by Bianca Miglioretto*
For five days, from 3 to 6 November 2008, it was normal in Ibis Hotel in Vienna, Austria to be lesbian, gay, transgender and bisexual. I was not in doubt whether I would “out” myself to new people I would meet.
The 24th World Conference of the International Lesbian and Gay Association (ILGA) was such a great experience as LGBT from more than 80 countries converged and conversed. There was no need to fear for discrimination, particularly homophobia. No one gave me the usual pitiful look expressing, "but she could have found a husband."
But the conference also revealed the different realities LGBT people face in the different countries. Brazil, Nepal, the Netherlands, South Africa and Spain are some countries which have adopted laws protecting LGBTs. Some countries have even recognised same sex partnerships. But more LGBT people remain at risk in Nigeria, India, Panama and Saudi-Arabia. In some cases, LGBTs face imprisonment, if not the death penalty for living their lives as they choose.
As ILGA focuses its energies towards the United Nations, with the hope that it become the third LGBT organisation to be accredited, the conference's emphasis on LGBT human rights is not surprising. More than ever, the Yogyakarta Principles has become the rallying point for ILGA. Drafted by international law experts in late 2006, the Yogyakarta Principles validate the human rights which governments must accord to LGBTs based on existing international treaties.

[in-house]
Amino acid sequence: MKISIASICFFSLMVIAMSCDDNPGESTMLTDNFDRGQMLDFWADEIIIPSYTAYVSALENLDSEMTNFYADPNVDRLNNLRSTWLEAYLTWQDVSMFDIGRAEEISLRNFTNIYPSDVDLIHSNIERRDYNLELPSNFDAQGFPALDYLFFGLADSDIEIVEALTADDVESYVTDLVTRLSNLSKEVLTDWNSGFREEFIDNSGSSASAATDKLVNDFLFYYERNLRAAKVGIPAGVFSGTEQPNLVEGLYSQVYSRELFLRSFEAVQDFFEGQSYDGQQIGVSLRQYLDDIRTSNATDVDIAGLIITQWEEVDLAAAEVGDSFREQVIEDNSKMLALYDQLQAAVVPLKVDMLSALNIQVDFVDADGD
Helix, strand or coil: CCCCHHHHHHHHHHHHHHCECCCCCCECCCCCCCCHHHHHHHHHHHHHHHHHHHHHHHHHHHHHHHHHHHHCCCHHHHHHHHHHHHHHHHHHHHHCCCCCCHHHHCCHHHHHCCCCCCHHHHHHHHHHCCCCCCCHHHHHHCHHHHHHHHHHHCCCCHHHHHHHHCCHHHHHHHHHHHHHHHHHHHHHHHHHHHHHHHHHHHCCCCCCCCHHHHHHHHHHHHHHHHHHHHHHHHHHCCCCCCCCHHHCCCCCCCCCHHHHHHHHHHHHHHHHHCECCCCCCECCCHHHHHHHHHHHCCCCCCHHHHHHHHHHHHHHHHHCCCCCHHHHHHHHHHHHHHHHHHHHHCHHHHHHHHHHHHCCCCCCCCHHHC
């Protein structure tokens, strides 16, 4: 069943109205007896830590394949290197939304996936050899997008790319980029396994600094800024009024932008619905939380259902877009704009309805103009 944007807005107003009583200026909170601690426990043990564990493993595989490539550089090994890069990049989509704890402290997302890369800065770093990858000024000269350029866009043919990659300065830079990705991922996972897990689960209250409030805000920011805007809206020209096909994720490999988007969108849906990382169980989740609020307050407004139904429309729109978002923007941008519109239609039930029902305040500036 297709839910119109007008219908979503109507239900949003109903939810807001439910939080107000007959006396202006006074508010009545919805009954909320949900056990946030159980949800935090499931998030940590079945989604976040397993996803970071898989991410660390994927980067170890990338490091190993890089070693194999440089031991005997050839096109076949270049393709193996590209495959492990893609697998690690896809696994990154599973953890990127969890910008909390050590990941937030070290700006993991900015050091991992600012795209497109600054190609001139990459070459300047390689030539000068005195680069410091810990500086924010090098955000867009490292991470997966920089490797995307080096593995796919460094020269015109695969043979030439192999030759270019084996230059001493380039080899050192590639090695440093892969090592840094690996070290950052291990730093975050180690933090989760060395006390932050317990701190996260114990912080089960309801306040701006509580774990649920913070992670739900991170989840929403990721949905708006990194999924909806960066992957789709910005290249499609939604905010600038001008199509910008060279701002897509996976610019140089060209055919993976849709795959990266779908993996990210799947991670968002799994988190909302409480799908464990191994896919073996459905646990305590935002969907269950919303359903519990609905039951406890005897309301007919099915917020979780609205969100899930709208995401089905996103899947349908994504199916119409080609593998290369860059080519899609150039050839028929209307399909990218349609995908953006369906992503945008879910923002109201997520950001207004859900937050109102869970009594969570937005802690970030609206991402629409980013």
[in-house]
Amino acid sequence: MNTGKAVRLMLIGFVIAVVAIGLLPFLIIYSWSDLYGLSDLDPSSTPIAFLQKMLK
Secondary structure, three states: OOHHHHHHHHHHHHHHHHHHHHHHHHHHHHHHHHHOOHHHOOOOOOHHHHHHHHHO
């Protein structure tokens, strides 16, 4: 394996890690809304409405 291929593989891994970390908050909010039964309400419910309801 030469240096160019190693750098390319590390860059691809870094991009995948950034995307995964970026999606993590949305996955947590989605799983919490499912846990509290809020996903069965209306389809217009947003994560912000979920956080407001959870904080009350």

But within the larger LGBT movements, we see the marginalisation of transgender people when in fact, it is the transgenders who challenge heteronormativity and binary gender thinking the most.
Indeed our perception of equality has to go beyond the binary gender concepts while we remain cautious that the rethinking would not result in marginalising women's rights.
During this conference, the ILGA General Assembly took an important decision in this direction. Prior to the conference, the ILGA World leadership consisted of a female and a male secretaries general, an arrangement which was unfriendly to transgenders who neither identify themselves as female nor male and therefore, could never had the chance to take on leadership positions. The number of seats was maintained. But it was decided that of the two secretaries general, one must identify herself as a woman. This means that a transgender may now be elected to the leadership without having to define her or his gender identity.
* Bianca Miglioretto is the community radio officer of Isis International.